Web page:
Plentiful storms are giving Colorado weather and water watchers a different and much happier story to tell than was the case a year ago.

The state's snowpack is ending February at 114 percent of median, compared to about 94 percent around the start of the year. It's looking increasingly likely this winter will help the state at least somewhat recover from the drought and low water supplies that besieged it last year.

"Things really have been turning a corner this winter," said Peter Goble, a climatologist with the Colorado Climate Center at Colorado State University.

Just this week, moister weather led to the end of a drought designation in the far-western parts of Mesa, Garfield, Rio Blanco and Moffat counties. Those areas have been downgraded to an abnormally dry U.S. Drought Monitor designation, a step below drought. Most of western Colorado otherwise remains in various stages of drought.

Some of the best moisture news in the state comes in southwest Colorado, which has had some of the worst drought conditions in the state and has struggled for years in terms of snowpack. At the year's start, snow water equivalent levels in river basins in southwest Colorado were around 70 percent of normal. As of Thursday, that region had snowpack of 122 percent of median, tying the Arkansas River Basin for the highest amount statewide.

The Gunnison River Basin, which also had miserable snowpack a year ago and was 90 percent of normal around this year's start, now stands at 119 percent of median. The Colorado River Basin is at 112 percent of median. No major basin in the state is below median.

A weekly climate, water and drought assessment Goble and his Colorado Climate Center colleagues help prepare says snowpack is now above average for almost all of the Intermountain West. The assessment pointed to recent storms that included nearly 2 feet of snow in Durango in 24 hours and 86 inches at Wolf Creek Ski Area in a week, an average of more than a foot a day.

Experts such as Aldis Strautins, hydrologist for the National Weather Service in Grand Junction, warn against becoming overly optimistic about snowpack conditions, noting how quickly weather patterns can change. But forecasts for continued moisture in the short term offer another positive sign, as does the federal Climate Prediction Center's assessment that there is an above-average chance of moister-than-normal weather in Colorado through May.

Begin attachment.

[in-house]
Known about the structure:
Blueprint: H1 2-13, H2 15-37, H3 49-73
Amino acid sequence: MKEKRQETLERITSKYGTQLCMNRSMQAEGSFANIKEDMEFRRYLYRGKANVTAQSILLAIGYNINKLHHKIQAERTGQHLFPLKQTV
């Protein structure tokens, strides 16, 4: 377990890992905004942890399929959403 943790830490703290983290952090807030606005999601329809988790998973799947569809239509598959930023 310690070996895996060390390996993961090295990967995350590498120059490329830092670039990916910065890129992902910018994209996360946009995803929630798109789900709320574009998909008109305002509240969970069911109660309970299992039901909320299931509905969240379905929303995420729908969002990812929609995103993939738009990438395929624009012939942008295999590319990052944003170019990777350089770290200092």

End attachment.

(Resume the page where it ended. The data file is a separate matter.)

In addition, an El Niño climate pattern that has been months in developing has officially formed over the Pacific Ocean. Strautins said El Niño winters statistically lean toward wetter springs in central and southwestern Colorado, although this winter's El Niño has been atypical in that it has taken so long to form.

This winter also has seen average temperatures rather than warmer ones. That means more moisture falls as snow rather than rain, which keeps that moisture in place until later in the year when it can be helpful to irrigators. Rain, by contrast, can help accelerate snowmelt, Strautins noted.

Even if the storm spigots turn off, it's worth noting that in some places in western Colorado, snowpack levels have surpassed average peak seasonal values. Peak accumulations usually aren't reached until sometime in early to mid-April, depending on the location and elevation.

Goble said snowpack in the San Juan Mountains currently ranges anywhere from 80 to 115 percent of average annual peak.

"Roughly half of the (measuring) stations are above 100 percent," he said.

On Grand Mesa, stations are recording levels from 73 to 87 percent of average peak, he said. Last year at this time on Grand Mesa, those figures ranged from 29 to 54 percent of average peak.

Strautins called current accumulation levels compared to peak averages "a good sign. That's a good place to be at this time of year."

But he and others warn that even if the state's snowpack remains above average for the rest of the winter, runoff may be more along the lines of average due to the water deficit from last year.

"It takes a while to make that up when you're talking about getting the moisture back into the soils, thing like that," he said.

This year's snowpack also is being counted on to help refill reservoirs.

Strautins said many reservoirs in western Colorado will fill when there's an average snowpack year, even when snowpack was well below average the previous year. Refilling those reservoirs is crucial because they were drawn down last year to help meet irrigation and municipal needs due to the lack of precipitation, and have less water available to help this year if snowpack again is low.

Still, bigger reservoirs, among them Blue Mesa Reservoir, can take longer than a year to refill. And the Colorado River's two major reservoirs, Lake Powell and Lake Mead, continue to face systemic shortfalls.

Their water levels are both currently at about 40 percent of capacity, and states within the Colorado River Basin have been developing contingency plans for dealing with the possibility of continued drought.

While one good winter wouldn't be enough to solve drought problems in the Colorado River Basin, it certainly would be a step in the right direction. Goble is encouraged by how this winter has been shaping up, especially considering what the alternative might have been.

"It certainly could have been perilous if we had back-to-back snowpack years like the year we had last year," he said. "Thankfully, so far, so good, and the weather pattern continues to favor us so I'm expecting the next couple weeks will also be above-average accumulations."

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